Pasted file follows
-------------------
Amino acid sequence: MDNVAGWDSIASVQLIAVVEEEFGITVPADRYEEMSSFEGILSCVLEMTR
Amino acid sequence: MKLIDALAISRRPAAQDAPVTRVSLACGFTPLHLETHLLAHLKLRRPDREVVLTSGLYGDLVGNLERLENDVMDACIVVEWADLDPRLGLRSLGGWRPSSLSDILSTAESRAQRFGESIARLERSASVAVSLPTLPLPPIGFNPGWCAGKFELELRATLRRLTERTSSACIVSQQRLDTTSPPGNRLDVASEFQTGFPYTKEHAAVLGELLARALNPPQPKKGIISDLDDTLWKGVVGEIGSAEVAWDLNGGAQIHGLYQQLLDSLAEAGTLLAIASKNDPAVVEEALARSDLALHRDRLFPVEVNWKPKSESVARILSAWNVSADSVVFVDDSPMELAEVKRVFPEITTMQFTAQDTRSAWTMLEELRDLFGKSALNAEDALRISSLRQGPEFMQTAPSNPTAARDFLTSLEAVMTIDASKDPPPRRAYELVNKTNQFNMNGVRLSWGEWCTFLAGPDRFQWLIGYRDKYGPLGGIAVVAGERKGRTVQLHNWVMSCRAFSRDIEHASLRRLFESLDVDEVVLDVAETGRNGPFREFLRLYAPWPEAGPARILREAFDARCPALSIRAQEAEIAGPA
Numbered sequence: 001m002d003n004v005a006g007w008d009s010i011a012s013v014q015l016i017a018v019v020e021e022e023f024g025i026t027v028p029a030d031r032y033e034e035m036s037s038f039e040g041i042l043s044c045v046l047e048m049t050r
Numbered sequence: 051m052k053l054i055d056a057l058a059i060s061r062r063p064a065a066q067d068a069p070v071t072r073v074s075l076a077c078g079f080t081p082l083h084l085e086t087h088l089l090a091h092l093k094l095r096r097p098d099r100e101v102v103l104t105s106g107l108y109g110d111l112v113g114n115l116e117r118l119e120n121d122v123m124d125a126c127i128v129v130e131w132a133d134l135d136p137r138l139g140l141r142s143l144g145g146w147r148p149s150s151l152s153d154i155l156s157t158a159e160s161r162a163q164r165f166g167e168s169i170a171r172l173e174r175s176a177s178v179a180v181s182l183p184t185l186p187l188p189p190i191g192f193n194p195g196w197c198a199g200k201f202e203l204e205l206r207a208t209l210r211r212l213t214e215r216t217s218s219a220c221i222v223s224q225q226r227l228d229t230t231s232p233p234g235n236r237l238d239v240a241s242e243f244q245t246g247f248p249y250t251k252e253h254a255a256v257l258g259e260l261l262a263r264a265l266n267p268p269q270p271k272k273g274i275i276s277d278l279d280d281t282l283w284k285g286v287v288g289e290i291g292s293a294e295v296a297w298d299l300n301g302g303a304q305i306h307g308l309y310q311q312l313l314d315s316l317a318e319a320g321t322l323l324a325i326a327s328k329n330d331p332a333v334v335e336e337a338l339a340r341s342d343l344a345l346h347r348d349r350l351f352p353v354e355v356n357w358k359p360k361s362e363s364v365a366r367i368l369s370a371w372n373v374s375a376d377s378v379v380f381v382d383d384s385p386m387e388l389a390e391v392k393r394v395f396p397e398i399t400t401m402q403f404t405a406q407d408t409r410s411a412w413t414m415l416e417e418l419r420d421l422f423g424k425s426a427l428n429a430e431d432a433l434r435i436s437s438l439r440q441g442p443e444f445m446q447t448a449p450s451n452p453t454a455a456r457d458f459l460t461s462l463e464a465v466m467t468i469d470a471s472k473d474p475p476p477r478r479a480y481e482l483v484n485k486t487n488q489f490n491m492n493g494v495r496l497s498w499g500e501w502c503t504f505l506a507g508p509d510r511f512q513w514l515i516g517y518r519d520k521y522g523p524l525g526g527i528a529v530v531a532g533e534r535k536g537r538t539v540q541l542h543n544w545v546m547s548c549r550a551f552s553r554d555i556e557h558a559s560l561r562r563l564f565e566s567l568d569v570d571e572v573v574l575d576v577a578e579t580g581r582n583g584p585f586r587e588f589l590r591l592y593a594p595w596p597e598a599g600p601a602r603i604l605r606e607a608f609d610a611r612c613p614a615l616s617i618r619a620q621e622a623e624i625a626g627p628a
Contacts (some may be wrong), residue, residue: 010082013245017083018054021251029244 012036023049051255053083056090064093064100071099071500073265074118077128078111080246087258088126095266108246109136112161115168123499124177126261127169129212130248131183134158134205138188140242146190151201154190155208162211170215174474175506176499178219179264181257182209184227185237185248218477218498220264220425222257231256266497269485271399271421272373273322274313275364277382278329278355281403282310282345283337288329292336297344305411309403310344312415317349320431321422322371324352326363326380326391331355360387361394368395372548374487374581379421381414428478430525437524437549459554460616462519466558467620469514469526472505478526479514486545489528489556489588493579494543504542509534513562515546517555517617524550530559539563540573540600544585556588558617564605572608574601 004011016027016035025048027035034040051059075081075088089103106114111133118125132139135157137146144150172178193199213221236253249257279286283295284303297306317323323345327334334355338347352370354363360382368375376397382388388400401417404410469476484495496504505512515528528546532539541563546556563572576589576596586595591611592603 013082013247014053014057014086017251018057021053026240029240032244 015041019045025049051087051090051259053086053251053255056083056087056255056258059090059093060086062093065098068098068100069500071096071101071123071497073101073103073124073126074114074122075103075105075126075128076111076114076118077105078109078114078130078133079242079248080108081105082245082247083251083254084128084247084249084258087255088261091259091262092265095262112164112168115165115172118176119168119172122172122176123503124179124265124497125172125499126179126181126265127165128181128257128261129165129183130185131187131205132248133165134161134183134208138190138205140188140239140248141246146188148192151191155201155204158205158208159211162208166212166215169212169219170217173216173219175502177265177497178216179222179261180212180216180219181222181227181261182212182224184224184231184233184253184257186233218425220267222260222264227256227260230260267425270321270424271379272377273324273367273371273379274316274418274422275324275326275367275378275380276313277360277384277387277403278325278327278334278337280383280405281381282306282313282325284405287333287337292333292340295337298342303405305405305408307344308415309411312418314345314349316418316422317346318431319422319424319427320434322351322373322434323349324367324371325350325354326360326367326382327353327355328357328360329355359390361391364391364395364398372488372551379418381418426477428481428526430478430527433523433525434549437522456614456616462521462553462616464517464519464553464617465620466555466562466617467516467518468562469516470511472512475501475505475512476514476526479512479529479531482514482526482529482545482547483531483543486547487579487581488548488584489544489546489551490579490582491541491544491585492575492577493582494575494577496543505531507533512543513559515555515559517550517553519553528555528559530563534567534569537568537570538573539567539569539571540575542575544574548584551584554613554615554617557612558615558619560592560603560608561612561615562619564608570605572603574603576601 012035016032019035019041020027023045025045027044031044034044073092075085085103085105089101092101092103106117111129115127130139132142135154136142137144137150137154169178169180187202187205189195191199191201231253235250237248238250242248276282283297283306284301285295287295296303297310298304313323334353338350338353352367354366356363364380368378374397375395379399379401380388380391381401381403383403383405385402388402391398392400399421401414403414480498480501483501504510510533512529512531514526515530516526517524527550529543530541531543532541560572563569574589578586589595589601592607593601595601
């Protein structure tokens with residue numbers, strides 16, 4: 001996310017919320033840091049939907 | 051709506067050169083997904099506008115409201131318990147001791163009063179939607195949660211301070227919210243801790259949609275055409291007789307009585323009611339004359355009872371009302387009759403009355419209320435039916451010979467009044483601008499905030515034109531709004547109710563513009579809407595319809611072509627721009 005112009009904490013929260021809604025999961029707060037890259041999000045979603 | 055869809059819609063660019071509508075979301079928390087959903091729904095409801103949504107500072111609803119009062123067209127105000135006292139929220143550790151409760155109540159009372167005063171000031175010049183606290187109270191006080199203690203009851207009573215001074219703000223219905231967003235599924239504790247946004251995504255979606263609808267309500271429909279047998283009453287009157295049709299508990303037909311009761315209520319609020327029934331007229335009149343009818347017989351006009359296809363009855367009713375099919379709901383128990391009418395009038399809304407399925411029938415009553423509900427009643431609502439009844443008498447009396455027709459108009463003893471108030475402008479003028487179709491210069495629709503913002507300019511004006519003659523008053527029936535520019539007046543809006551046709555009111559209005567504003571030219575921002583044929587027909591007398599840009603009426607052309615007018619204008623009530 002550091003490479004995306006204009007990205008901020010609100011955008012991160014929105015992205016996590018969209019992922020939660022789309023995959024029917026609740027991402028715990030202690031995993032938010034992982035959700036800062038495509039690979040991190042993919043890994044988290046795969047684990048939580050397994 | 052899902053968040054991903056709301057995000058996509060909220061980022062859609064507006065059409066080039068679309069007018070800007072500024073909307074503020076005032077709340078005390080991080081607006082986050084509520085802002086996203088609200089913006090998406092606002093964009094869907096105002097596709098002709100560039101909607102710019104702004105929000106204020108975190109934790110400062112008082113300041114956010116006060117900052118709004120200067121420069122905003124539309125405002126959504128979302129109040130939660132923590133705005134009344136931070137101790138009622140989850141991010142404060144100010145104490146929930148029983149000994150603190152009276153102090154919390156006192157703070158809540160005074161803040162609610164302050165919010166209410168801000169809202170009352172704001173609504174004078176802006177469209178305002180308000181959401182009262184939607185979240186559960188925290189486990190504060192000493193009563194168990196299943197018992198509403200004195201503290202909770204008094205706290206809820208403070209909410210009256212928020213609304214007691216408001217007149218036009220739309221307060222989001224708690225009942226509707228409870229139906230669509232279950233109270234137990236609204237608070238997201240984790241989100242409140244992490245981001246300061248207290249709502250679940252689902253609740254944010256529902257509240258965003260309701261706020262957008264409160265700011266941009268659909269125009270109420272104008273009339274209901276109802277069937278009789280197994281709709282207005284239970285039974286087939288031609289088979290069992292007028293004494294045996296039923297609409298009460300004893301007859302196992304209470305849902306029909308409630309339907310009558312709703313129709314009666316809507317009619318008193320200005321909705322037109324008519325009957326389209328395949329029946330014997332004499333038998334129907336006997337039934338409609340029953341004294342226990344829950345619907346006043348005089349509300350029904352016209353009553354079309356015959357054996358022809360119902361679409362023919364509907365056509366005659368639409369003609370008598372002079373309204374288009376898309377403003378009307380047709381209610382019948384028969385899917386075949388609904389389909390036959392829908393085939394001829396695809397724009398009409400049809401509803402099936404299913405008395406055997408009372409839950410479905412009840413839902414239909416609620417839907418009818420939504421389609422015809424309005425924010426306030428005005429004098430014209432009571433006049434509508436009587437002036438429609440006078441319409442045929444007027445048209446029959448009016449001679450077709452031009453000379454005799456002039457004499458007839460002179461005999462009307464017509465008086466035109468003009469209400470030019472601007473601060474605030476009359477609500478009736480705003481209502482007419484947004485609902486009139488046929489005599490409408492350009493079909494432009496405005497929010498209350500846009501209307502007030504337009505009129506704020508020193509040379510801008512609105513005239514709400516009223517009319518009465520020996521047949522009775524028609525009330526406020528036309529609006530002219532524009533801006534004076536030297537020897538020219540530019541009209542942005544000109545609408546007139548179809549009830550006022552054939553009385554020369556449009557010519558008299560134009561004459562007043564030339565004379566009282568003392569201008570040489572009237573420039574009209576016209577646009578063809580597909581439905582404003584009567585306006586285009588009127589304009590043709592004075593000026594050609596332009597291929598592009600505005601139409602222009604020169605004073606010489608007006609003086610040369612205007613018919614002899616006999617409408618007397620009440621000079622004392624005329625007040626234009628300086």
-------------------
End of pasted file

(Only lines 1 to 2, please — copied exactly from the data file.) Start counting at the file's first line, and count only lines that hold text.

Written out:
Amino acid sequence: MDNVAGWDSIASVQLIAVVEEEFGITVPADRYEEMSSFEGILSCVLEMTR
Amino acid sequence: MKLIDALAISRRPAAQDAPVTRVSLACGFTPLHLETHLLAHLKLRRPDREVVLTSGLYGDLVGNLERLENDVMDACIVVEWADLDPRLGLRSLGGWRPSSLSDILSTAESRAQRFGESIARLERSASVAVSLPTLPLPPIGFNPGWCAGKFELELRATLRRLTERTSSACIVSQQRLDTTSPPGNRLDVASEFQTGFPYTKEHAAVLGELLARALNPPQPKKGIISDLDDTLWKGVVGEIGSAEVAWDLNGGAQIHGLYQQLLDSLAEAGTLLAIASKNDPAVVEEALARSDLALHRDRLFPVEVNWKPKSESVARILSAWNVSADSVVFVDDSPMELAEVKRVFPEITTMQFTAQDTRSAWTMLEELRDLFGKSALNAEDALRISSLRQGPEFMQTAPSNPTAARDFLTSLEAVMTIDASKDPPPRRAYELVNKTNQFNMNGVRLSWGEWCTFLAGPDRFQWLIGYRDKYGPLGGIAVVAGERKGRTVQLHNWVMSCRAFSRDIEHASLRRLFESLDVDEVVLDVAETGRNGPFREFLRLYAPWPEAGPARILREAFDARCPALSIRAQEAEIAGPA